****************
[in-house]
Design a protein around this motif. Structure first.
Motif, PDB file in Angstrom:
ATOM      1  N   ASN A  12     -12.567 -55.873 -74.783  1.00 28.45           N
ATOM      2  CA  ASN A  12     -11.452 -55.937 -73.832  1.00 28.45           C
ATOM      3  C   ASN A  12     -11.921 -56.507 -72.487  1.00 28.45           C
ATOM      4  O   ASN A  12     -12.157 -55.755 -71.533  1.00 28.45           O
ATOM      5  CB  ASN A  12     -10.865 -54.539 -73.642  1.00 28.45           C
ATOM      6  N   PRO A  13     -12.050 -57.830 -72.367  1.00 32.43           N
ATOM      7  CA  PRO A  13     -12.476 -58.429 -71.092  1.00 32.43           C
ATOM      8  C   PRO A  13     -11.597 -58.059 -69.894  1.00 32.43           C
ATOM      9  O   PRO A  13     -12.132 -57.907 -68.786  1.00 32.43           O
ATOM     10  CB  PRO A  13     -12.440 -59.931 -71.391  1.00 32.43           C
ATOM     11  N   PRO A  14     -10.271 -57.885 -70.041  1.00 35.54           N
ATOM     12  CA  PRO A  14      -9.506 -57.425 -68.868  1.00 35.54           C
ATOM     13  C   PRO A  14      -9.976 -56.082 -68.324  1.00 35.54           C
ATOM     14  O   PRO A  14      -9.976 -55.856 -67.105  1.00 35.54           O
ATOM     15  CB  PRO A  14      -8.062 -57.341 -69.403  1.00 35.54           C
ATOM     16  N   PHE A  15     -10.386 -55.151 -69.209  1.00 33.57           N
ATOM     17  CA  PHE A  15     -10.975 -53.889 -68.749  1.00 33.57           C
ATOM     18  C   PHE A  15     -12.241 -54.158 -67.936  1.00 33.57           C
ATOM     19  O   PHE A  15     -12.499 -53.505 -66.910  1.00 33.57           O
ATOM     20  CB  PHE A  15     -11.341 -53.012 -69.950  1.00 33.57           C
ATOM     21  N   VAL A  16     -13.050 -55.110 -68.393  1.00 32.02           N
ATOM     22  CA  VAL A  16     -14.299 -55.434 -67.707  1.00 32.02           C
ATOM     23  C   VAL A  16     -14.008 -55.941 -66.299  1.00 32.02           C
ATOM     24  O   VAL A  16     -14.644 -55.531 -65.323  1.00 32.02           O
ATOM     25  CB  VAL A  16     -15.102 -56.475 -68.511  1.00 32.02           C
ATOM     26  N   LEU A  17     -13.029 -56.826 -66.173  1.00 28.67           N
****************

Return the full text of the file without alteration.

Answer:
[in-house]
Design a protein around this motif. Structure first.
Motif, PDB file in Angstrom:
ATOM      1  N   ASN A  12     -12.567 -55.873 -74.783  1.00 28.45           N
ATOM      2  CA  ASN A  12     -11.452 -55.937 -73.832  1.00 28.45           C
ATOM      3  C   ASN A  12     -11.921 -56.507 -72.487  1.00 28.45           C
ATOM      4  O   ASN A  12     -12.157 -55.755 -71.533  1.00 28.45           O
ATOM      5  CB  ASN A  12     -10.865 -54.539 -73.642  1.00 28.45           C
ATOM      6  N   PRO A  13     -12.050 -57.830 -72.367  1.00 32.43           N
ATOM      7  CA  PRO A  13     -12.476 -58.429 -71.092  1.00 32.43           C
ATOM      8  C   PRO A  13     -11.597 -58.059 -69.894  1.00 32.43           C
ATOM      9  O   PRO A  13     -12.132 -57.907 -68.786  1.00 32.43           O
ATOM     10  CB  PRO A  13     -12.440 -59.931 -71.391  1.00 32.43           C
ATOM     11  N   PRO A  14     -10.271 -57.885 -70.041  1.00 35.54           N
ATOM     12  CA  PRO A  14      -9.506 -57.425 -68.868  1.00 35.54           C
ATOM     13  C   PRO A  14      -9.976 -56.082 -68.324  1.00 35.54           C
ATOM     14  O   PRO A  14      -9.976 -55.856 -67.105  1.00 35.54           O
ATOM     15  CB  PRO A  14      -8.062 -57.341 -69.403  1.00 35.54           C
ATOM     16  N   PHE A  15     -10.386 -55.151 -69.209  1.00 33.57           N
ATOM     17  CA  PHE A  15     -10.975 -53.889 -68.749  1.00 33.57           C
ATOM     18  C   PHE A  15     -12.241 -54.158 -67.936  1.00 33.57           C
ATOM     19  O   PHE A  15     -12.499 -53.505 -66.910  1.00 33.57           O
ATOM     20  CB  PHE A  15     -11.341 -53.012 -69.950  1.00 33.57           C
ATOM     21  N   VAL A  16     -13.050 -55.110 -68.393  1.00 32.02           N
ATOM     22  CA  VAL A  16     -14.299 -55.434 -67.707  1.00 32.02           C
ATOM     23  C   VAL A  16     -14.008 -55.941 -66.299  1.00 32.02           C
ATOM     24  O   VAL A  16     -14.644 -55.531 -65.323  1.00 32.02           O
ATOM     25  CB  VAL A  16     -15.102 -56.475 -68.511  1.00 32.02           C
ATOM     26  N   LEU A  17     -13.029 -56.826 -66.173  1.00 28.67           N